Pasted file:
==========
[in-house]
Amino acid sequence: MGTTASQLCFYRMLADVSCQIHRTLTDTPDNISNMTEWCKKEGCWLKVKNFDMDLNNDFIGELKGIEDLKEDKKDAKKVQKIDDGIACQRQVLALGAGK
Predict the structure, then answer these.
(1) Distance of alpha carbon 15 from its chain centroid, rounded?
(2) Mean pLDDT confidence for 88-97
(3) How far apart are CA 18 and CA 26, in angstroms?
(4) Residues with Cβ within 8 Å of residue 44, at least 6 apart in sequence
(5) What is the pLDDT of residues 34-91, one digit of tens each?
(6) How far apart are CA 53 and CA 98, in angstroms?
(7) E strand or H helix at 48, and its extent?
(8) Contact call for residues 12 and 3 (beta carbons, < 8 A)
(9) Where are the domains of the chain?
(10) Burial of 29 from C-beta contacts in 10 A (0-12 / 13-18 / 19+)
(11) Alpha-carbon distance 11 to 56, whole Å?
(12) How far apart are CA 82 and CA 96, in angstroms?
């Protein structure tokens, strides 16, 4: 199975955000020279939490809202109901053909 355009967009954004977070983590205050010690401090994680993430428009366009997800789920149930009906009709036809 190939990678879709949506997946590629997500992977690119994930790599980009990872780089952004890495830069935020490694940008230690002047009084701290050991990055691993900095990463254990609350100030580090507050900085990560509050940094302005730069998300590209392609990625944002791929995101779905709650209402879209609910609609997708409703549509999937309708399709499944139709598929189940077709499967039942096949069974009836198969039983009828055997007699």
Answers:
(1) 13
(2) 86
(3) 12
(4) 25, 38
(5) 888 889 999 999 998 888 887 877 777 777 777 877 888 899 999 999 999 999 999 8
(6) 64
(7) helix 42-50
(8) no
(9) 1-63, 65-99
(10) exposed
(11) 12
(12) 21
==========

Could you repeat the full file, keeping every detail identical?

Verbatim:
[in-house]
Amino acid sequence: MGTTASQLCFYRMLADVSCQIHRTLTDTPDNISNMTEWCKKEGCWLKVKNFDMDLNNDFIGELKGIEDLKEDKKDAKKVQKIDDGIACQRQVLALGAGK
Predict the structure, then answer these.
(1) Distance of alpha carbon 15 from its chain centroid, rounded?
(2) Mean pLDDT confidence for 88-97
(3) How far apart are CA 18 and CA 26, in angstroms?
(4) Residues with Cβ within 8 Å of residue 44, at least 6 apart in sequence
(5) What is the pLDDT of residues 34-91, one digit of tens each?
(6) How far apart are CA 53 and CA 98, in angstroms?
(7) E strand or H helix at 48, and its extent?
(8) Contact call for residues 12 and 3 (beta carbons, < 8 A)
(9) Where are the domains of the chain?
(10) Burial of 29 from C-beta contacts in 10 A (0-12 / 13-18 / 19+)
(11) Alpha-carbon distance 11 to 56, whole Å?
(12) How far apart are CA 82 and CA 96, in angstroms?
């Protein structure tokens, strides 16, 4: 199975955000020279939490809202109901053909 355009967009954004977070983590205050010690401090994680993430428009366009997800789920149930009906009709036809 190939990678879709949506997946590629997500992977690119994930790599980009990872780089952004890495830069935020490694940008230690002047009084701290050991990055691993900095990463254990609350100030580090507050900085990560509050940094302005730069998300590209392609990625944002791929995101779905709650209402879209609910609609997708409703549509999937309708399709499944139709598929189940077709499967039942096949069974009836198969039983009828055997007699």
Answers:
(1) 13
(2) 86
(3) 12
(4) 25, 38
(5) 888 889 999 999 998 888 887 877 777 777 777 877 888 899 999 999 999 999 999 8
(6) 64
(7) helix 42-50
(8) no
(9) 1-63, 65-99
(10) exposed
(11) 12
(12) 21